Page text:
We spoke with several manufacturers to identify the psychographic of today’s new aircraft buyer. Each cited technology as a prime reason to buy. “The point of reference of buyers today is vastly different from 20 years ago,” says John Doman, VP of propeller aircraft sales for Cessna. “Technology is a huge driver. It has made flying so much easier than it used to be.”
The technology that buyers are after isn’t even necessarily “high-tech.” While glass panels and FADEC are certainly attracting pilots, many new buyers are simply looking for safer, easier flying. They find it in features like the Cirrus parachute system, Diamond’s cockpit visibility or Liberty’s docile stall characteristics and integrated roll bar. Where novices used to be overwhelmed by looking at instrument-panel gauge arrays, today they see clean, uncluttered panels with video-game-like display screens. The perception is that flying has become easier.
Steve Schwartz, a sales director for Cirrus agrees, “We sell lots of airplanes to zero- and low-time pilots who are really the most cautious buyers. Once they fly the Cirrus, they say, ‘Wow, this is easy!’ and we educate them about the capabilities of the aircraft.” Schwartz claims that technology and the situational awareness it provides are the main reasons customers are drawn to Cirrus. “The safety component that comes with the technology is what attracts people.”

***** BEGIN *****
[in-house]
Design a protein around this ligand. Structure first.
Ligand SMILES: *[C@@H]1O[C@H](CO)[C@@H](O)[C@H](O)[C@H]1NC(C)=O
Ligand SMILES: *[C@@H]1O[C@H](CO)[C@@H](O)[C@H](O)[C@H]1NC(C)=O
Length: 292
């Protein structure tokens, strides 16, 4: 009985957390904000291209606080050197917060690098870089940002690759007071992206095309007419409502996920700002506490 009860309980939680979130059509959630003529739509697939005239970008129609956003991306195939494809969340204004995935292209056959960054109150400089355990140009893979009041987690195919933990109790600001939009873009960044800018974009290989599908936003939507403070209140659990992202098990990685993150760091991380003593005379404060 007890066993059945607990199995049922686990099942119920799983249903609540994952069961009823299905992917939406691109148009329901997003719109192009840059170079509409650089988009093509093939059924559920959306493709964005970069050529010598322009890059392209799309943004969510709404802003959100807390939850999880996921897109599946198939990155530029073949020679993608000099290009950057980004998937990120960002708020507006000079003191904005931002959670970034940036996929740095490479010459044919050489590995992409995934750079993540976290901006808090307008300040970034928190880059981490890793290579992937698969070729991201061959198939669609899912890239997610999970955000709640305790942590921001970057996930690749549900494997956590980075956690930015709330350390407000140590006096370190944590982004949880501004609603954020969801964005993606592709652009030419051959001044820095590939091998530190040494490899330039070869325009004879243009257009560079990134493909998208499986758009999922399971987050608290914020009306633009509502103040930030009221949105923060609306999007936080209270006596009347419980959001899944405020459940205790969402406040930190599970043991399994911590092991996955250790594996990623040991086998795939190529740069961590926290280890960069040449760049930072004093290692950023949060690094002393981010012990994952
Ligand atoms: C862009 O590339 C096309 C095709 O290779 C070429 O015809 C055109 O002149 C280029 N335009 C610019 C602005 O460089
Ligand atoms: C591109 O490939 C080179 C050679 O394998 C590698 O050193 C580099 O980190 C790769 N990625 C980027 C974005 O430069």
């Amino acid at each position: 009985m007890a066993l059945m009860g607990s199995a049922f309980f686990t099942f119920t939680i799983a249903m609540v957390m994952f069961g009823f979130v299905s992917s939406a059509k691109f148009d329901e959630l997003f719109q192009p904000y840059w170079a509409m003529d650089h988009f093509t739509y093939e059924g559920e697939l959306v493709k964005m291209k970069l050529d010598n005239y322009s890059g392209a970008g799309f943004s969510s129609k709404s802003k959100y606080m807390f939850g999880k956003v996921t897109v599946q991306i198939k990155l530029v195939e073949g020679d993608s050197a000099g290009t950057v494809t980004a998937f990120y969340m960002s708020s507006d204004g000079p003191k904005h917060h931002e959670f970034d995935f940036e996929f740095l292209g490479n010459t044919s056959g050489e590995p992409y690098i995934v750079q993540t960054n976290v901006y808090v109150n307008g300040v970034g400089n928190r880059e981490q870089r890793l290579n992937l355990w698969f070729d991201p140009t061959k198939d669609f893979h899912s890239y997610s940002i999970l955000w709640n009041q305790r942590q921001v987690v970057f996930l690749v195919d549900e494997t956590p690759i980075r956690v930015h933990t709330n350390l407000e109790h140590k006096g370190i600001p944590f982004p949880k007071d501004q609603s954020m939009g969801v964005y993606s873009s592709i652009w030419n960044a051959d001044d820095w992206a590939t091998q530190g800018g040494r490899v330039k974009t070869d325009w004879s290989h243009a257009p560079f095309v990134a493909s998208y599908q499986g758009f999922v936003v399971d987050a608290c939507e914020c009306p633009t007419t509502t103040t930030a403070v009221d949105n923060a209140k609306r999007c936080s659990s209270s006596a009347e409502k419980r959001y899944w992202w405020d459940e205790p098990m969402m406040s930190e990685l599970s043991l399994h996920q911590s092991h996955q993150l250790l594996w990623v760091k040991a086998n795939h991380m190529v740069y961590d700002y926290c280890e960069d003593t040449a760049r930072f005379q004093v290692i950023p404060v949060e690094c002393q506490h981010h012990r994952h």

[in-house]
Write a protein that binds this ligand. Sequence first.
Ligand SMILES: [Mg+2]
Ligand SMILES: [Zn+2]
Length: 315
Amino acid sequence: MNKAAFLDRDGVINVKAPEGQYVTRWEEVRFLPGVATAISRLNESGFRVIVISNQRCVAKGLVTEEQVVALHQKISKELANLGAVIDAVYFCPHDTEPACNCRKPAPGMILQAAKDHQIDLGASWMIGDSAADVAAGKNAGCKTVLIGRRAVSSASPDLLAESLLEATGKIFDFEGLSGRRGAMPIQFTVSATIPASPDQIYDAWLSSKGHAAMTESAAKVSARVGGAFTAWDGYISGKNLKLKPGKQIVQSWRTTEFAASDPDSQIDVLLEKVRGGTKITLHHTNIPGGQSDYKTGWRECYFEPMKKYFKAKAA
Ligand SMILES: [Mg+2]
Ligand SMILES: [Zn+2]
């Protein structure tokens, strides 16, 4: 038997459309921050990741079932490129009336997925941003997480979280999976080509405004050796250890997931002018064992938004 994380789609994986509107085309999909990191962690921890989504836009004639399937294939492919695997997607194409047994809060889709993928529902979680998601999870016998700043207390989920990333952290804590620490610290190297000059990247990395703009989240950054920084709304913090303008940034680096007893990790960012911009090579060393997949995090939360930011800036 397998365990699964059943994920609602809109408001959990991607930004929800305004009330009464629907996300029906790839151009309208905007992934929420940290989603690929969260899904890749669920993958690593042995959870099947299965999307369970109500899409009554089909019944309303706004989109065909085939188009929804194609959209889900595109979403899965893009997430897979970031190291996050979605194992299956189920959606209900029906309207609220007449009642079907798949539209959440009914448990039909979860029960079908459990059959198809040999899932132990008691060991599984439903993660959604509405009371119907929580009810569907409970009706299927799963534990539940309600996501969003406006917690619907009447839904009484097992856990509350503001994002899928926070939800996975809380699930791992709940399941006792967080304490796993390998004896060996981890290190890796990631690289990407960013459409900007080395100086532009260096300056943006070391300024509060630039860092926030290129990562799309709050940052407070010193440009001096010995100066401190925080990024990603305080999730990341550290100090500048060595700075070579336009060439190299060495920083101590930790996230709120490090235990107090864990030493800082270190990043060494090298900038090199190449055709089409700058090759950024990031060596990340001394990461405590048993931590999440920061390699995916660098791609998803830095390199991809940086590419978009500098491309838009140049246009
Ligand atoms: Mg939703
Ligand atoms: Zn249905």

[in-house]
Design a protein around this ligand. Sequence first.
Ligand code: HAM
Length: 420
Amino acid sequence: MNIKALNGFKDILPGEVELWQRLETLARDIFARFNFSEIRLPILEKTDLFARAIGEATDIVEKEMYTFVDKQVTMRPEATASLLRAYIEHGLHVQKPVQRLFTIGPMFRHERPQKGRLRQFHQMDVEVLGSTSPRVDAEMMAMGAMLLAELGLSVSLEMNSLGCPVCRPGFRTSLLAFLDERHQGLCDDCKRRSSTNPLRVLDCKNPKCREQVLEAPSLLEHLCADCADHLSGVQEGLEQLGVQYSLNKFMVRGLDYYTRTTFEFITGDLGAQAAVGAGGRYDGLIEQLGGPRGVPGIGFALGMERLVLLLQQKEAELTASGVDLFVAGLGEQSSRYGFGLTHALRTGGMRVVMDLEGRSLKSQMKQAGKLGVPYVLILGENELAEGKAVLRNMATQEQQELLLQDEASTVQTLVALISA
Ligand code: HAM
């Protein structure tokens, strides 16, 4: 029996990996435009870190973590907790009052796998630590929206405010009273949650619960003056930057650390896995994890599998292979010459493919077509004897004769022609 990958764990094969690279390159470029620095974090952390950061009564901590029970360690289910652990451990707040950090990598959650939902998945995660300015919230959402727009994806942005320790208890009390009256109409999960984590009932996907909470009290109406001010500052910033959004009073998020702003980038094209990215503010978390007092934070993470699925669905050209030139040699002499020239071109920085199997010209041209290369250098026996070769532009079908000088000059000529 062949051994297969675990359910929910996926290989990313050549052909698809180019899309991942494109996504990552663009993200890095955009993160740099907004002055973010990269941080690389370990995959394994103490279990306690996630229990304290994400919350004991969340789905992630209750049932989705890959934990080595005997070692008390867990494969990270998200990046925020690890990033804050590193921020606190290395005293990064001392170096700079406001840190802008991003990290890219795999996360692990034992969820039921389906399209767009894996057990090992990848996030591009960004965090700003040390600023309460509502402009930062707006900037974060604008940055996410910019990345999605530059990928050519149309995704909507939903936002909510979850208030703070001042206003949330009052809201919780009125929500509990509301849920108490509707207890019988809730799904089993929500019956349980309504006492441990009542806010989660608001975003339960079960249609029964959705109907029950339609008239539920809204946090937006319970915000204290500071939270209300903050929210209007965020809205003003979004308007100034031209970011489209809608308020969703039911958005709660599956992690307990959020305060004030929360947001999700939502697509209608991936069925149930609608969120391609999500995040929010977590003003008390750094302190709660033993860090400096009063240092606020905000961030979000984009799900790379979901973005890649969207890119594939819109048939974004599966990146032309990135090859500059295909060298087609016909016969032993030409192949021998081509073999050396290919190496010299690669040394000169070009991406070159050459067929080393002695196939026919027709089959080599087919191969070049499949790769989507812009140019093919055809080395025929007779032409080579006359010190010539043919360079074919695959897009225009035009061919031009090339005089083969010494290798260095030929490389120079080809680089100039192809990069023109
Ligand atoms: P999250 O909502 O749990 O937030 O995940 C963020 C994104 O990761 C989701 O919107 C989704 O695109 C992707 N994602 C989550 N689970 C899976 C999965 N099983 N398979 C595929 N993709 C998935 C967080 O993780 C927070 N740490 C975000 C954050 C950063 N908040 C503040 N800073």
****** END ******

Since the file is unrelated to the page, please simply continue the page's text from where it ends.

The push for technology goes hand in hand with the changing demographic of buyers. Where once it was experienced pilots buying new aircraft, today’s buyer is more likely to be somebody who’s new to aviation and is seeking a business tool or an efficient and safe way to avoid airline travel.
“Buyers used to be older and had typically been flying forever,” notes Robert Stewart, a territory manager with Diamond Aircraft. “Today, it’s a younger buyer who sees that commercial airline travel is horrible, and needs to make travel more efficient and pleasant.” Stewart says his customers are computer-savvy professionals who are usually new to flying.
People coming into aviation today are proficient with their cell phones and PDAs, and computer displays are a normal part of everyday life. The familiarity with which they treat technology is different from buyers in the past. “These guys are using their iPhones and their laptops, and the glass cockpit is a familiar world to them,” says Liberty Sales Manager Jack Younger.
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